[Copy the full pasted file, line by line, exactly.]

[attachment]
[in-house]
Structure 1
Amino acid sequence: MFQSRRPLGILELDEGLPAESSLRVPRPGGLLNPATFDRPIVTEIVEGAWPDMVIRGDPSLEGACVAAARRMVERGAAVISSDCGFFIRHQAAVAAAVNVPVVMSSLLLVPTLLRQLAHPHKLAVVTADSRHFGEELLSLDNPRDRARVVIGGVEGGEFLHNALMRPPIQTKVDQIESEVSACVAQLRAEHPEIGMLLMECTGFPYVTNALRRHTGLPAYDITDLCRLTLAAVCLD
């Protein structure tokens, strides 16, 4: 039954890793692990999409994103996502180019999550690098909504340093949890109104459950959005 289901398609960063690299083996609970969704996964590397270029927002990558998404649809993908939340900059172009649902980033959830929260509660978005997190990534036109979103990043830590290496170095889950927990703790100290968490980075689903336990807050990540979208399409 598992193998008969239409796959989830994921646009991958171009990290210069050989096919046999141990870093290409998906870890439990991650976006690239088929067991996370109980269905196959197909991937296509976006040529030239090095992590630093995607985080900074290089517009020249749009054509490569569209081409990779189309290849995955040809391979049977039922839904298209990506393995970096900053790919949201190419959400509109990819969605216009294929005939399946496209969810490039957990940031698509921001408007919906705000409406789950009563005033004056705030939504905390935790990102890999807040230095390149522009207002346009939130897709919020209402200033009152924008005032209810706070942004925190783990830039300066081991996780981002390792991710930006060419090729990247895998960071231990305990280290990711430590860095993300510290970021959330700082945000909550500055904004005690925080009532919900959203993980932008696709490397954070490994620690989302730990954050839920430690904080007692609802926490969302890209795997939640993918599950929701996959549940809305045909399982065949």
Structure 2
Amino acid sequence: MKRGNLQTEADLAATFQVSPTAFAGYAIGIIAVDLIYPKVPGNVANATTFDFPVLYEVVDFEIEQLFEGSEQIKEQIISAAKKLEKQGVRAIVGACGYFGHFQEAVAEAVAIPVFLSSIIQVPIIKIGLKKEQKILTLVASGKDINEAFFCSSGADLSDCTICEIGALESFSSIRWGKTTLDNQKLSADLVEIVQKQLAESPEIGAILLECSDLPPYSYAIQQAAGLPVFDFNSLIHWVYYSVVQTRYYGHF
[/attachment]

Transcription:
[in-house]
Structure 1
Amino acid sequence: MFQSRRPLGILELDEGLPAESSLRVPRPGGLLNPATFDRPIVTEIVEGAWPDMVIRGDPSLEGACVAAARRMVERGAAVISSDCGFFIRHQAAVAAAVNVPVVMSSLLLVPTLLRQLAHPHKLAVVTADSRHFGEELLSLDNPRDRARVVIGGVEGGEFLHNALMRPPIQTKVDQIESEVSACVAQLRAEHPEIGMLLMECTGFPYVTNALRRHTGLPAYDITDLCRLTLAAVCLD
């Protein structure tokens, strides 16, 4: 039954890793692990999409994103996502180019999550690098909504340093949890109104459950959005 289901398609960063690299083996609970969704996964590397270029927002990558998404649809993908939340900059172009649902980033959830929260509660978005997190990534036109979103990043830590290496170095889950927990703790100290968490980075689903336990807050990540979208399409 598992193998008969239409796959989830994921646009991958171009990290210069050989096919046999141990870093290409998906870890439990991650976006690239088929067991996370109980269905196959197909991937296509976006040529030239090095992590630093995607985080900074290089517009020249749009054509490569569209081409990779189309290849995955040809391979049977039922839904298209990506393995970096900053790919949201190419959400509109990819969605216009294929005939399946496209969810490039957990940031698509921001408007919906705000409406789950009563005033004056705030939504905390935790990102890999807040230095390149522009207002346009939130897709919020209402200033009152924008005032209810706070942004925190783990830039300066081991996780981002390792991710930006060419090729990247895998960071231990305990280290990711430590860095993300510290970021959330700082945000909550500055904004005690925080009532919900959203993980932008696709490397954070490994620690989302730990954050839920430690904080007692609802926490969302890209795997939640993918599950929701996959549940809305045909399982065949």
Structure 2
Amino acid sequence: MKRGNLQTEADLAATFQVSPTAFAGYAIGIIAVDLIYPKVPGNVANATTFDFPVLYEVVDFEIEQLFEGSEQIKEQIISAAKKLEKQGVRAIVGACGYFGHFQEAVAEAVAIPVFLSSIIQVPIIKIGLKKEQKILTLVASGKDINEAFFCSSGADLSDCTICEIGALESFSSIRWGKTTLDNQKLSADLVEIVQKQLAESPEIGAILLECSDLPPYSYAIQQAAGLPVFDFNSLIHWVYYSVVQTRYYGHF